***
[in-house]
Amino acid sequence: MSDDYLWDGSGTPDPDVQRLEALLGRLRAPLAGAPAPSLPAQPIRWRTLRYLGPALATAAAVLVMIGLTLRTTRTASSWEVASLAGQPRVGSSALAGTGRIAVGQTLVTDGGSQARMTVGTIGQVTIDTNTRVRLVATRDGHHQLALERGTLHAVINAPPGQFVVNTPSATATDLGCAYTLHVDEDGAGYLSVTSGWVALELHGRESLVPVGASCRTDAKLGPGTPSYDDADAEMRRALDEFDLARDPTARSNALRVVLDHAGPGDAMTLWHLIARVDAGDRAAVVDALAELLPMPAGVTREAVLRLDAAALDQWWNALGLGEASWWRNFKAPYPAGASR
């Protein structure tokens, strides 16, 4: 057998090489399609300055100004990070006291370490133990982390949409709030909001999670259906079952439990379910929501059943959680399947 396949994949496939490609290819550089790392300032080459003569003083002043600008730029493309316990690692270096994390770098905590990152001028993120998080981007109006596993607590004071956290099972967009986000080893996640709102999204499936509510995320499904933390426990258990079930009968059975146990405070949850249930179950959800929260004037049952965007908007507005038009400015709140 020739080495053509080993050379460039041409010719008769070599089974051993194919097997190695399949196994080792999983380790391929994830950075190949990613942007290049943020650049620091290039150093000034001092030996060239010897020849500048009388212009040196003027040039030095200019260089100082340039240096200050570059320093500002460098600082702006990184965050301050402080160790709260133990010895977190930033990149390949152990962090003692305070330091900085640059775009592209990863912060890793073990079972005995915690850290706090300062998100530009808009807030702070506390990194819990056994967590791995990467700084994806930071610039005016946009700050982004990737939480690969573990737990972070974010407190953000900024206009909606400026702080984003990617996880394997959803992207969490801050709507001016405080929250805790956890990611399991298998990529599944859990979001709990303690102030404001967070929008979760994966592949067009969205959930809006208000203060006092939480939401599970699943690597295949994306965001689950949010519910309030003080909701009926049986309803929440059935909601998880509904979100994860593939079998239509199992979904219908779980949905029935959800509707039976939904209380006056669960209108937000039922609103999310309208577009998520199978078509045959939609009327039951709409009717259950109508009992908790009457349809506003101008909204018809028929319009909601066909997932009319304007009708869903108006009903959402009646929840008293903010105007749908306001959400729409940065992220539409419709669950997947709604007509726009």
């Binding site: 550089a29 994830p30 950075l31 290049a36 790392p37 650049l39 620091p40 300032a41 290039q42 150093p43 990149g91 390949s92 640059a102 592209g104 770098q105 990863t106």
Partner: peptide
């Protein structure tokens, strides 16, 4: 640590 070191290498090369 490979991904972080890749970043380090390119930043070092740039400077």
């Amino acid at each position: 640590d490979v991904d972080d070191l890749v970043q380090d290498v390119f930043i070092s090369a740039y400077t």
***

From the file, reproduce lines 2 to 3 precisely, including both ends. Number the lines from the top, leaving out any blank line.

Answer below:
Amino acid sequence: MSDDYLWDGSGTPDPDVQRLEALLGRLRAPLAGAPAPSLPAQPIRWRTLRYLGPALATAAAVLVMIGLTLRTTRTASSWEVASLAGQPRVGSSALAGTGRIAVGQTLVTDGGSQARMTVGTIGQVTIDTNTRVRLVATRDGHHQLALERGTLHAVINAPPGQFVVNTPSATATDLGCAYTLHVDEDGAGYLSVTSGWVALELHGRESLVPVGASCRTDAKLGPGTPSYDDADAEMRRALDEFDLARDPTARSNALRVVLDHAGPGDAMTLWHLIARVDAGDRAAVVDALAELLPMPAGVTREAVLRLDAAALDQWWNALGLGEASWWRNFKAPYPAGASR
């Protein structure tokens, strides 16, 4: 057998090489399609300055100004990070006291370490133990982390949409709030909001999670259906079952439990379910929501059943959680399947 396949994949496939490609290819550089790392300032080459003569003083002043600008730029493309316990690692270096994390770098905590990152001028993120998080981007109006596993607590004071956290099972967009986000080893996640709102999204499936509510995320499904933390426990258990079930009968059975146990405070949850249930179950959800929260004037049952965007908007507005038009400015709140 020739080495053509080993050379460039041409010719008769070599089974051993194919097997190695399949196994080792999983380790391929994830950075190949990613942007290049943020650049620091290039150093000034001092030996060239010897020849500048009388212009040196003027040039030095200019260089100082340039240096200050570059320093500002460098600082702006990184965050301050402080160790709260133990010895977190930033990149390949152990962090003692305070330091900085640059775009592209990863912060890793073990079972005995915690850290706090300062998100530009808009807030702070506390990194819990056994967590791995990467700084994806930071610039005016946009700050982004990737939480690969573990737990972070974010407190953000900024206009909606400026702080984003990617996880394997959803992207969490801050709507001016405080929250805790956890990611399991298998990529599944859990979001709990303690102030404001967070929008979760994966592949067009969205959930809006208000203060006092939480939401599970699943690597295949994306965001689950949010519910309030003080909701009926049986309803929440059935909601998880509904979100994860593939079998239509199992979904219908779980949905029935959800509707039976939904209380006056669960209108937000039922609103999310309208577009998520199978078509045959939609009327039951709409009717259950109508009992908790009457349809506003101008909204018809028929319009909601066909997932009319304007009708869903108006009903959402009646929840008293903010105007749908306001959400729409940065992220539409419709669950997947709604007509726009």